Eight-Year-Old Boy Tied Up And Injected With Sedative After Argument At School

A furious mother is demanding answers from officials after her 8-year-old son was put in restraints and injected with a sedative for acting out in school. The Toronto woman says her child was put in a police car, taken to the hospital, and given a tranquilizer before she had a chance to get to the school.

Earlier this month, Debbie Kiroff received a disturbing call from the principal at Holland Landing Public School. According to the principal, Kiroff’s son had an argument with another student and began acting out by running around and climbing on things.

The principal asked the mother to come pick up her child. However, Kiroff was at work and unable to get there right away, so her 24-year-old daughter went to the school instead.

At some point before Kiroff’s daughter arrived, nearby teachers lost sight of the boy. Panicked, the school called police.

Per the daughter’s account of the events, her younger brother was already on the way to the hospital by the time she showed up.

“Mom, they’ve already got him in the police car. They’re taking him to the hospital because he’s too angry.”

When Ms. Kiroff arrived at Southlake Regional Health, she was not allowed to see her son at first. After nearly 20 minutes in the waiting room, a healthcare worker explained that her son “was out of control” and that he had to be restrained. The boy was also subjected to an injection of a sedative.

Shocked, Kiroff responded with disbelief.

“Oh, you don’t need my consent for that?”

The official hospital response was “no.” The staff member informed Ms. Kiroff that hospital policy calls for such procedures in “dire situations.”

“No one wants to use restraints; it is a last measure and is done only in dire situations deemed an ’emergency.’ In an ’emergency’ situation, our concern for our patient determines how long a restraint is used,” the hospital said in a statement, per a CBC Toronto report.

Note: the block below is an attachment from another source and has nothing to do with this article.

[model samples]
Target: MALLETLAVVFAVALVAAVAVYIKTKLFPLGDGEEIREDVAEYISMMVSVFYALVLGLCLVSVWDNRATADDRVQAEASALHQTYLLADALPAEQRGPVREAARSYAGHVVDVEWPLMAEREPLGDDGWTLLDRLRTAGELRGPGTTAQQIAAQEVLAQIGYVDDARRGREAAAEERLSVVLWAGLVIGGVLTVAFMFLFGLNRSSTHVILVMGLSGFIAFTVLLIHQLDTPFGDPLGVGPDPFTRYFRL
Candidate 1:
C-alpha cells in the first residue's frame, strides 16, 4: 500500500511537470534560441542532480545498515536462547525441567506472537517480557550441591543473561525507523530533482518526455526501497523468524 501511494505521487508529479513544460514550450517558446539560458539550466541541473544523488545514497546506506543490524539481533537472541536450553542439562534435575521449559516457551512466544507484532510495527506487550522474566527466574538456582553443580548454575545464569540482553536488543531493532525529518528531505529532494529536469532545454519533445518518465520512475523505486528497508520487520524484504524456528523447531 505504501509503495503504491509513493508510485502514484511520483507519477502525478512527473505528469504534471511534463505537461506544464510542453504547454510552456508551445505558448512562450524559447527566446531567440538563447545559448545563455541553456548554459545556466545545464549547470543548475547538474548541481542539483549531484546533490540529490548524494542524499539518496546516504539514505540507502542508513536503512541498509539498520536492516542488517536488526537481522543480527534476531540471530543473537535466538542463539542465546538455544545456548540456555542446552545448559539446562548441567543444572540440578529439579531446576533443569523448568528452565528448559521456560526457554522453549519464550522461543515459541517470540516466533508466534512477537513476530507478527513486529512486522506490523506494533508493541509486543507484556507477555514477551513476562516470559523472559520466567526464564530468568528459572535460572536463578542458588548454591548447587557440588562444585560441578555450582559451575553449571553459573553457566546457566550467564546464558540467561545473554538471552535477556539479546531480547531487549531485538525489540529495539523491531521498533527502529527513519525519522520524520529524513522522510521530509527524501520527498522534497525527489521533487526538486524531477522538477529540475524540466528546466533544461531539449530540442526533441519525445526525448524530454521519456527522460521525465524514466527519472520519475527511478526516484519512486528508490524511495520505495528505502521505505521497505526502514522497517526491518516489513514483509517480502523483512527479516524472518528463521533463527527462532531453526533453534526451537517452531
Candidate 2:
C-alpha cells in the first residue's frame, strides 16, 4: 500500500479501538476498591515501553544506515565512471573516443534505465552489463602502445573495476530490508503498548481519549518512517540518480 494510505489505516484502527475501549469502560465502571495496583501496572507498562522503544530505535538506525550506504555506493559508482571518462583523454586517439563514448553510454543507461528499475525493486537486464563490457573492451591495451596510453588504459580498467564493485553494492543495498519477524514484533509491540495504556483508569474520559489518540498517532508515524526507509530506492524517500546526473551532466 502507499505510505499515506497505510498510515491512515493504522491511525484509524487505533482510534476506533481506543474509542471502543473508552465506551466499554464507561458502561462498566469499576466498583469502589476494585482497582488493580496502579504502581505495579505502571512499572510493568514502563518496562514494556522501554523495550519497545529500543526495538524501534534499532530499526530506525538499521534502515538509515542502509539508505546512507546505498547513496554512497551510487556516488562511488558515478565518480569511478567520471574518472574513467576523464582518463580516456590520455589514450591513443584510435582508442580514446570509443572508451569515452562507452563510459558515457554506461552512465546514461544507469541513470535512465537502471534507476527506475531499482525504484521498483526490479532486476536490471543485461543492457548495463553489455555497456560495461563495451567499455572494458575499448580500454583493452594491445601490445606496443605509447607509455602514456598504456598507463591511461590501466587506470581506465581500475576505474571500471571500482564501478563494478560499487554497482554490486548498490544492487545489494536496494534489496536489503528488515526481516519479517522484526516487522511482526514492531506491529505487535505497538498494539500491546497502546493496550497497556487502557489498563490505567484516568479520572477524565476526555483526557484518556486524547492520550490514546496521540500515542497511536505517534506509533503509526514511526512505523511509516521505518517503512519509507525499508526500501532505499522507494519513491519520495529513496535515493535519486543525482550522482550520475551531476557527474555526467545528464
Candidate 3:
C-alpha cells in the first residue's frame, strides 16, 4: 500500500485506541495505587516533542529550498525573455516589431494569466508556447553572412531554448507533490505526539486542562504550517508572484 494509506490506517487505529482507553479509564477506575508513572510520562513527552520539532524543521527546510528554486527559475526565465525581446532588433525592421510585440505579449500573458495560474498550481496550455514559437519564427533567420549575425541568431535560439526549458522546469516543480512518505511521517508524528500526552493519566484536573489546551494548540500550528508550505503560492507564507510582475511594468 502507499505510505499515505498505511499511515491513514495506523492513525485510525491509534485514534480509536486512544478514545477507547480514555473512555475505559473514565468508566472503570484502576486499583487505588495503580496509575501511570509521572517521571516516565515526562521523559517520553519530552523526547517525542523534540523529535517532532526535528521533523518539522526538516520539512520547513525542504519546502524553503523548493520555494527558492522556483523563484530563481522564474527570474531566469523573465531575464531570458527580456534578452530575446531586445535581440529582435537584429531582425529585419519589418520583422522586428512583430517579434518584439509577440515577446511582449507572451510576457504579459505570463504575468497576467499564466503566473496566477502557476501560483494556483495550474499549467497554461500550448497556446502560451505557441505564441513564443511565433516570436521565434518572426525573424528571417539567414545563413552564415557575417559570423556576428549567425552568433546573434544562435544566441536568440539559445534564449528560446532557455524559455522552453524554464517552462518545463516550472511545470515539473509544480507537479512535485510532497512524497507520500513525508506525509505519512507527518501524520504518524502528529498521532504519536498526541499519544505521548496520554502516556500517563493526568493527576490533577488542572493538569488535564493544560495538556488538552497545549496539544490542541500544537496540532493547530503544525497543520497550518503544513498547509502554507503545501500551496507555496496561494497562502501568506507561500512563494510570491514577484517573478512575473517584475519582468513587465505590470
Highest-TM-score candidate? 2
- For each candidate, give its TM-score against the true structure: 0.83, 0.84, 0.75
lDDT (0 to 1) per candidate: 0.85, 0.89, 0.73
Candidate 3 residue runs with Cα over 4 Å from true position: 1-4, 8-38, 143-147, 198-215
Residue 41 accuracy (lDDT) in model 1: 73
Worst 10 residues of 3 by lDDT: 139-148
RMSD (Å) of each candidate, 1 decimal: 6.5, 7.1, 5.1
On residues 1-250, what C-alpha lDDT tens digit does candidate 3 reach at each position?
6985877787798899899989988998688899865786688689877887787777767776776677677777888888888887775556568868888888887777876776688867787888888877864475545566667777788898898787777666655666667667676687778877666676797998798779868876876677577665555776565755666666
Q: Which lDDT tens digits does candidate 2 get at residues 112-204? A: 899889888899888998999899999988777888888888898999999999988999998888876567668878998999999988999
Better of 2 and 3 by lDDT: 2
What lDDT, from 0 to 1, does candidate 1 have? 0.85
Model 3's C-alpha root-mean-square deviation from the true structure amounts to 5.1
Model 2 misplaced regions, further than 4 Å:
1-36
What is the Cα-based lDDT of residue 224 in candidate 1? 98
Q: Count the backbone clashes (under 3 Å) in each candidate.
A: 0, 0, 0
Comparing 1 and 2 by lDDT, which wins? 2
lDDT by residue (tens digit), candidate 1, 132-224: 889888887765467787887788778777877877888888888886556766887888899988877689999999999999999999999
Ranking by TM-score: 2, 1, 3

Ms. Kiroff did finally get to see her son. She says her son appeared traumatized and had a look in his eyes that she never saw before. However, she does admit her son suffers from various behavioral problems.

The 8-year-old was in the restraints for nearly two hours before the hospital let him go. He stumbled back to the car with his mother, and they went home.

While not discussing specifics, the York Region District School Board believes the teachers acted appropriately in the situation. Per policy, they must notify the police when a situation arises that may put a student’s safety at risk.

Hesitantly, Ms. Kiroff’s son has since returned to school.

“He’s hesitant… he never wants to be back at the hospital,” said Ms. Kiroff. “How do you do that to my 8-year-old son? To me, he’s an injured child.”

Currently, the boy is on a waiting list to go to a new school. One with specialized programs designed for children with behavioral issues like her son. Unfortunately, the wait may be a year or longer. For now, Ms. Kiroff will work with her son’s current school on developing a plan to deal with any future incidents.

[Featured Image by MPIX/Shutterstock]